mm: And, um the Service Corps of Retired Executives? You joined that and became the chairman of its called S.C.O.R.E. Can you talk about what your brother did, trying to gather back all of the...

jm: Yeah, he's, he's done a lot through the library.

mm: The Marion Public Library?

jm: Yeah. He's uh...

mm: What kinds of things is he doing?

jm: Well, he's, he is, well they wanted him, he's got a computer, and the library wanted him to help'em. He went throught the Washington thing, and he went after all the soldiers who had got home.

mm: Any near here or?-

jm: Anyplace.

mm: In the United States?

jm: Yeah, and he'd done a real good job of that, and it took a long time.

mm: In all different like Air Force and all those areas, or what he was involved in?

jm: Yeah, he would find a medallion or whatever, and most of these infantry things and stuff like, they're usually in the same state, so he could get'em going.

mm: And you also, oh I didn't see this, you joined the Air Force Reserves right after?

jm: Fifteen years afterwards.

mm: That's really neat. So my final question is; What do you want most for adolescent groups of today to know and remember about World War II?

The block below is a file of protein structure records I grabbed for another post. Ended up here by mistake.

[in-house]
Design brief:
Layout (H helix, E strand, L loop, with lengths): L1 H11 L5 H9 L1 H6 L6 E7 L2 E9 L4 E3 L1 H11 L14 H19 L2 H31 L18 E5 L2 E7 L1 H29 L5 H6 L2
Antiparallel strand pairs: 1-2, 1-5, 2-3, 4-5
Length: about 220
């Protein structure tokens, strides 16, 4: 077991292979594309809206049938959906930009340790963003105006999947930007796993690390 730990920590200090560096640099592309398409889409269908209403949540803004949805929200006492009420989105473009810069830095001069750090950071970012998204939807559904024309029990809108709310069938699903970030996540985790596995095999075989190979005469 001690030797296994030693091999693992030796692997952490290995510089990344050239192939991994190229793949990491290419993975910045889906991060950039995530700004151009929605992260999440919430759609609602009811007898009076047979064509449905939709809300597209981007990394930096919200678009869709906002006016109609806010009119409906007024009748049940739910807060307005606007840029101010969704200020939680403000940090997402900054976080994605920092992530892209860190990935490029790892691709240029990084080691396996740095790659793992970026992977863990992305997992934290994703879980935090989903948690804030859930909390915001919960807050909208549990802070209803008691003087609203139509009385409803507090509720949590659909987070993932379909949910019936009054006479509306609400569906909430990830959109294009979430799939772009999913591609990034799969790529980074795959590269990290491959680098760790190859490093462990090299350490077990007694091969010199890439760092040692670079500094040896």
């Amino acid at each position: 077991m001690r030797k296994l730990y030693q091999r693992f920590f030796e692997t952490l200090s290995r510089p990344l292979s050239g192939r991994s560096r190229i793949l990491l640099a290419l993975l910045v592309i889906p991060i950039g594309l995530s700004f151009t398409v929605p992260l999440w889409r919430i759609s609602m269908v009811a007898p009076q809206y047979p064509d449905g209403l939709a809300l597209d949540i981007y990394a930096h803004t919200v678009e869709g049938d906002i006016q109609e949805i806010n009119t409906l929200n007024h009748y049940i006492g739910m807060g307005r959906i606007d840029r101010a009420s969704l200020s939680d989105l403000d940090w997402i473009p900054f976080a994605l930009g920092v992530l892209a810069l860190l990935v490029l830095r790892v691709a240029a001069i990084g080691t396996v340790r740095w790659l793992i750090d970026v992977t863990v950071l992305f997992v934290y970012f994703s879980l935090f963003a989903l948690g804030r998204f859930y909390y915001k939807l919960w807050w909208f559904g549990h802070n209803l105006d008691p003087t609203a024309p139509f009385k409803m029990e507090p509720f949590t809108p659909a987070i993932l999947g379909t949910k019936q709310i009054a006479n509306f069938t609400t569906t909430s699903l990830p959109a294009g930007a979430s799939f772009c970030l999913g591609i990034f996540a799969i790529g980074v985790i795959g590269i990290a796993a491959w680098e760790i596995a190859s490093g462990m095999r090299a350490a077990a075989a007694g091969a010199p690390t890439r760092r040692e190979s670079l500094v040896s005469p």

jm: You know I really don't know.

mm: (laugh) You don't.

jm: You know I looked at that for ten or fifteen minutes, cause that's, I don't know. I wouldn't want them to do it, but some of them it could be great. Anyways, I'm getting up to the age where I can stall now, so, but some of those things, uh, that S.C.O.R.E. thing is one of the best things I've ever done.

mm: What kind of things did you do for it?

jm: Well, S.C.O.R.E.,uh, is for guys that are retired, and they join this all volunteer, and they can meet just once a month, and they can come and get people into business, who are out of business or whatever. There's about twenty-five guys not working anymore.

mm: And it's located in Marion? All the people...?

jm: Yes, but it's around the whole country. It's sponsored by the-

mm: Air Force?

jm: No, it's uhh...

mm: Oh it's just like a business.

jm: Yeah, it would just be people who want to do something that have some skills and be really glad to help anybody.

mm: So you can use your Murrell's, what you learned from that?

jm: On retail, I can do that I think.(laugh) But we have five, five